Estimating Rationality in Economics: A History of Statistical Methods in Experimental Economics

The Center for the History of Political Economy Working Paper Series, Duke University

37 Pages Posted: 13 Feb 2018

See all articles by Dorian Jullien

Dorian Jullien

Université Côte d'Azur

Nicolas Vallois

University of Picardy Jules Verne - CRIISEA

Multiple version iconThere are 2 versions of this paper

Date Written: January 25, 2018

Abstract

Experimental economists increasingly apply econometric techniques to interpret their data, as suggests the emergence of "experimetrics" in the 2000s. Yet statistics remains a minor topic in historical and methodological writings on experimental economics (EE). This article aims to address this lacuna. To do so, we analyze the use of statistical tools in EE from early economics experiments of the 1940s-1950s to the present days. Our narrative is based on qualitative analysis of papers published in early periods and quantitative analysis of papers published in more recent periods. Our results reveal a significant change in EE' statistical methods, namely an evolution from purely descriptive methods to more sophisticated and standardized techniques. We also highlight that, despite the decisive role played by statistics in the way EE estimate the rationality of individuals or markets, statistics are still considered as involving non-methodological issues, i.e., as involving only purely technical issues. Our historical analysis shows that this technical conception was the result of a long-run evolution of the process of scientific legitimization of EE, which allowed experimental economists to escape from psychologist's more reflexive culture toward statistics.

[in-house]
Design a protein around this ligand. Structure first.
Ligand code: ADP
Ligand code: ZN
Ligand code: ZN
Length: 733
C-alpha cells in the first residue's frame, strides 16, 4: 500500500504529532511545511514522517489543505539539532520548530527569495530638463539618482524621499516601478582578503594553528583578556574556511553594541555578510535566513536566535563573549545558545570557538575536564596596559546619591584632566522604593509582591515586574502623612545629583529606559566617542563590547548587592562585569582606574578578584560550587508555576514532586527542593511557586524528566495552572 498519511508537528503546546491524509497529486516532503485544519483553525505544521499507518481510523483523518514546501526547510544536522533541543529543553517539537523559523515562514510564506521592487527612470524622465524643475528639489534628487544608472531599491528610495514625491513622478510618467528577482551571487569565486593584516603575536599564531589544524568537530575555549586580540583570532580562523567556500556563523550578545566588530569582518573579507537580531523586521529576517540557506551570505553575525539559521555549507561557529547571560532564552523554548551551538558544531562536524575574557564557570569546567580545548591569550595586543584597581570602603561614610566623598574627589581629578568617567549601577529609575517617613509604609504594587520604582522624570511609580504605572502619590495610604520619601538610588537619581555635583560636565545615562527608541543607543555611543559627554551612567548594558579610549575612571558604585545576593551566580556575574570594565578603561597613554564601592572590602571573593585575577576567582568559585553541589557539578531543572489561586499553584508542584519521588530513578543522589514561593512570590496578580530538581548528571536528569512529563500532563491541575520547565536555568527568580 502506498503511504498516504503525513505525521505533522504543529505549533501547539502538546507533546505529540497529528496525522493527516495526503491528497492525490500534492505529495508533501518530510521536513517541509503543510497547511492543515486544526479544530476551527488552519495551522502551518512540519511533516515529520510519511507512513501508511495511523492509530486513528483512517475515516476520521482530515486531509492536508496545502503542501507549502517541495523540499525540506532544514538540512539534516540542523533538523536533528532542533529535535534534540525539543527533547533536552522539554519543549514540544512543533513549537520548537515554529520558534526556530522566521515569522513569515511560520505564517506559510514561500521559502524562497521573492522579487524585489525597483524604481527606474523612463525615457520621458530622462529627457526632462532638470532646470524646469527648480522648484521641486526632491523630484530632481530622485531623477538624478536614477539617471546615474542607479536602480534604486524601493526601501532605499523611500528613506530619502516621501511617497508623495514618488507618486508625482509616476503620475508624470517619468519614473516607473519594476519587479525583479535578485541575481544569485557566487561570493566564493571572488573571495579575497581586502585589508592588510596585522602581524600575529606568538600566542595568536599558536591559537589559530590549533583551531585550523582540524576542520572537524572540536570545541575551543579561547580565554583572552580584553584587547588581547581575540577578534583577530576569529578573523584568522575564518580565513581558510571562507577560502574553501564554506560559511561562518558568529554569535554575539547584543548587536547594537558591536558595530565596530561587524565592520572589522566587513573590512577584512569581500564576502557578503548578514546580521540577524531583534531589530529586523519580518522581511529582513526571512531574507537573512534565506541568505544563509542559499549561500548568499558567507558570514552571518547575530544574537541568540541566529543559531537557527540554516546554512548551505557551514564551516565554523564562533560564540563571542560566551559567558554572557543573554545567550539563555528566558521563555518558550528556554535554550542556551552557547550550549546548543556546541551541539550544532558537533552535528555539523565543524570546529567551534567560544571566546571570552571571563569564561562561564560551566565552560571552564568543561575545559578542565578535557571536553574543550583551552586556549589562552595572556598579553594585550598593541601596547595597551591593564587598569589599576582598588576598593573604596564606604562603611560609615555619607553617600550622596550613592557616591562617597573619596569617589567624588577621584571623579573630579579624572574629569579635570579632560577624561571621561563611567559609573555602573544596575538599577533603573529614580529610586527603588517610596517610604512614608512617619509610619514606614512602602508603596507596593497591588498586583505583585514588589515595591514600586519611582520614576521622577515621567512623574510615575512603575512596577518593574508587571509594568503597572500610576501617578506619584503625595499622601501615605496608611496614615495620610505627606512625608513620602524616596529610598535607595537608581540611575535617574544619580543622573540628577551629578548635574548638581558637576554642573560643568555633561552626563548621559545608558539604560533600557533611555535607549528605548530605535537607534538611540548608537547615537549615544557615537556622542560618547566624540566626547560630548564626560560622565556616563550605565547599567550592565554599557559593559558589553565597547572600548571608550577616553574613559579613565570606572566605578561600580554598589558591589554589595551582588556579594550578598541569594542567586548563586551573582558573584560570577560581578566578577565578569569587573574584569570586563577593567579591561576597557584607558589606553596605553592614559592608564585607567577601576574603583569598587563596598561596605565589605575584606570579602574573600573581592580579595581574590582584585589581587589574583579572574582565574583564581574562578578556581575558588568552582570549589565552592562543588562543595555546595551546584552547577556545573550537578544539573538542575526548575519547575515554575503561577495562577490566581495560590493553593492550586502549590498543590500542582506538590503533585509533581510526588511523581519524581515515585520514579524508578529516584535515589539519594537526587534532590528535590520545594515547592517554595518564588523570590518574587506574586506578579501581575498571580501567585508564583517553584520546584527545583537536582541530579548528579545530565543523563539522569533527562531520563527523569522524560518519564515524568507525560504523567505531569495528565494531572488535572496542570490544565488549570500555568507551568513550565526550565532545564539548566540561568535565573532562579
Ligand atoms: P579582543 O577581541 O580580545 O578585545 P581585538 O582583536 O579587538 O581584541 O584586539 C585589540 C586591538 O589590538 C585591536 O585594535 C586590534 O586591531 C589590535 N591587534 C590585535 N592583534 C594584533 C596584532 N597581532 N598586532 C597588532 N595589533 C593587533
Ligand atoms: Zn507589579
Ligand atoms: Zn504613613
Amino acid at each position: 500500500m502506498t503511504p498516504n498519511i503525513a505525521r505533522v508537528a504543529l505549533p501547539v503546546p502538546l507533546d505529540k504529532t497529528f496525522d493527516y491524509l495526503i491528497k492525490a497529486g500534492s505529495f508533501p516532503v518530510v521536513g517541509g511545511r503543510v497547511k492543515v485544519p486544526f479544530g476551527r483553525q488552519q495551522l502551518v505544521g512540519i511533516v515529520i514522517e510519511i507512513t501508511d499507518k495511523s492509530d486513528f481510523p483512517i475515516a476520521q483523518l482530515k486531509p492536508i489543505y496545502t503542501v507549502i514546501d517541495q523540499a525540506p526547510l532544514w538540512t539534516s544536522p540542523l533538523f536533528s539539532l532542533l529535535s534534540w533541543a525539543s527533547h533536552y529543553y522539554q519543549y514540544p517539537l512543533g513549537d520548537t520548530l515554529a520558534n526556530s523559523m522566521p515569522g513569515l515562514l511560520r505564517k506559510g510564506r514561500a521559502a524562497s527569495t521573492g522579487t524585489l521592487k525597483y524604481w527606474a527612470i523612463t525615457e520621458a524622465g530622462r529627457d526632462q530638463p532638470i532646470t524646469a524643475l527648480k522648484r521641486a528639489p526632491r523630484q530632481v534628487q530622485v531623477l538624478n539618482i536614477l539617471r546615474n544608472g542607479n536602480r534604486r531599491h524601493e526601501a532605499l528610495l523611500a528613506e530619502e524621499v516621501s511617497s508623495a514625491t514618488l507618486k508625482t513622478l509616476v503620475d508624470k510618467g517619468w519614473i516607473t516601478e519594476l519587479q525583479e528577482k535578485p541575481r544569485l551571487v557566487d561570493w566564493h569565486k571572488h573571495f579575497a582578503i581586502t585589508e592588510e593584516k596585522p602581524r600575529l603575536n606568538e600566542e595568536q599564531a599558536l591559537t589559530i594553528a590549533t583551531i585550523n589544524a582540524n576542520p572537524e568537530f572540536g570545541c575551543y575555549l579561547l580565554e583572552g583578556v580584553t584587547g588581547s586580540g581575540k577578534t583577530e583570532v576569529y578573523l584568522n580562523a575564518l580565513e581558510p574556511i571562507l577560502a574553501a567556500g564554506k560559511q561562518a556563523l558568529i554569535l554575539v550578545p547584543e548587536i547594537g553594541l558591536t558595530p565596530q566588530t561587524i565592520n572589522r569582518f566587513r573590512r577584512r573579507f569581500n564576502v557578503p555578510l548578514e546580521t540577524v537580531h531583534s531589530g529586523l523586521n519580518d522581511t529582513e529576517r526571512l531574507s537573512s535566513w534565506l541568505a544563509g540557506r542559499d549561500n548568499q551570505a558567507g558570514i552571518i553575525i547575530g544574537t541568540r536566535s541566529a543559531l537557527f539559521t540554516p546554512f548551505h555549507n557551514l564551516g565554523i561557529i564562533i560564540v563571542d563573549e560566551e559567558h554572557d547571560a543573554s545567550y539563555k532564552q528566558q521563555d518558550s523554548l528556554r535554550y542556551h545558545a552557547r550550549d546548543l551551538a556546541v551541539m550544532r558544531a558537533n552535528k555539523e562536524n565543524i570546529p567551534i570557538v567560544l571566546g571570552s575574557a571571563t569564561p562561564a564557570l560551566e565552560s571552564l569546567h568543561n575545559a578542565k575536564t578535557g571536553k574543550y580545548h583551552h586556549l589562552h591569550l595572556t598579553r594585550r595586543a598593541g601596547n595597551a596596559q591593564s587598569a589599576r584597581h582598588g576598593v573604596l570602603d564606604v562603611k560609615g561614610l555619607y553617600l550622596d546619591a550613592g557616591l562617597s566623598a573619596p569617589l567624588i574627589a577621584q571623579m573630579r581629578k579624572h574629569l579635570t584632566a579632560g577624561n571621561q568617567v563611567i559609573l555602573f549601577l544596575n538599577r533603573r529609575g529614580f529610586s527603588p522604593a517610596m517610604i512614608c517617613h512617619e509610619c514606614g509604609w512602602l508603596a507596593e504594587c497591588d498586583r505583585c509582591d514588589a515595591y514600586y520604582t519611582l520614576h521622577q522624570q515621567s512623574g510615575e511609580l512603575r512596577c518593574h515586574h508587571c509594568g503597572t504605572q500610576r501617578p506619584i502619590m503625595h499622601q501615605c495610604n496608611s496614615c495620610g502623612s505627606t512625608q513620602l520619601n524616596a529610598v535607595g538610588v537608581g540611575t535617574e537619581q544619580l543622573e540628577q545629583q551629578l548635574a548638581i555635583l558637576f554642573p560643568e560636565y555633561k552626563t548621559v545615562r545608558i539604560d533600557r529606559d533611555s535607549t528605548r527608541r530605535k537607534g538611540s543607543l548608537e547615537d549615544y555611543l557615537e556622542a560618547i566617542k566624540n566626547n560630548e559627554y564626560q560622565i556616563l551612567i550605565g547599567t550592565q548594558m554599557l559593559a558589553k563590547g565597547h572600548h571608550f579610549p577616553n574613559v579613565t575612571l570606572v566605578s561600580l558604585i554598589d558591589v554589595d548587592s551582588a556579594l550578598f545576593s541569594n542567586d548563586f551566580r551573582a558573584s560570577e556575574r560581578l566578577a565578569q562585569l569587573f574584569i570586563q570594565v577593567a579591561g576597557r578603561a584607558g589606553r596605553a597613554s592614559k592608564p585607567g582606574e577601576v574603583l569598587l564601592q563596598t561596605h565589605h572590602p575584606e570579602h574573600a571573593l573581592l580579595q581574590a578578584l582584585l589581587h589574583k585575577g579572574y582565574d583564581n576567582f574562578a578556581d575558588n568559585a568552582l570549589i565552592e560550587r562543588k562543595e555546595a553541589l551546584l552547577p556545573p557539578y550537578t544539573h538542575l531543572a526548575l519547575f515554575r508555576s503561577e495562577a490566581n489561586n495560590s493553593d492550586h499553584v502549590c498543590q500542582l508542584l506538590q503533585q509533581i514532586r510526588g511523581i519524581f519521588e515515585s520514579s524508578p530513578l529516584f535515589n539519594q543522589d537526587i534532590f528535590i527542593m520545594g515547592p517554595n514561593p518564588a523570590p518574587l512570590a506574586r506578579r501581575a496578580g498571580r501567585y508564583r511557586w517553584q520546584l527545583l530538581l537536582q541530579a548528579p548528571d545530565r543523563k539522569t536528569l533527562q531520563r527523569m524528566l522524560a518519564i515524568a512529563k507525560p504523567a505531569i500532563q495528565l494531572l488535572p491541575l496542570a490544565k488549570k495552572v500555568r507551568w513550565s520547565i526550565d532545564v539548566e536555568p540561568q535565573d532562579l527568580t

Keywords: Experimental Economics, Statistics, Econometrics, History of Economic Thought, Methodology

JEL Classification: B20, C83, A14, C90

Suggested Citation

Jullien, Dorian and Vallois, Nicolas, Estimating Rationality in Economics: A History of Statistical Methods in Experimental Economics (January 25, 2018). The Center for the History of Political Economy Working Paper Series, Duke University. Available at SSRN: https://ssrn.com/abstract=3116220 or http://dx.doi.org/10.2139/ssrn.3116220

Dorian Jullien (Contact Author)

Université Côte d'Azur ( email )

France

Nicolas Vallois

University of Picardy Jules Verne - CRIISEA ( email )

Pôle Universitaire Cathédrale
10 placette Lafleur BP 2716
Amiens, 80027
France

Here is the Coronavirus
related research on SSRN

Paper statistics

Downloads
110
Abstract Views
549
rank
178,026
PlumX Metrics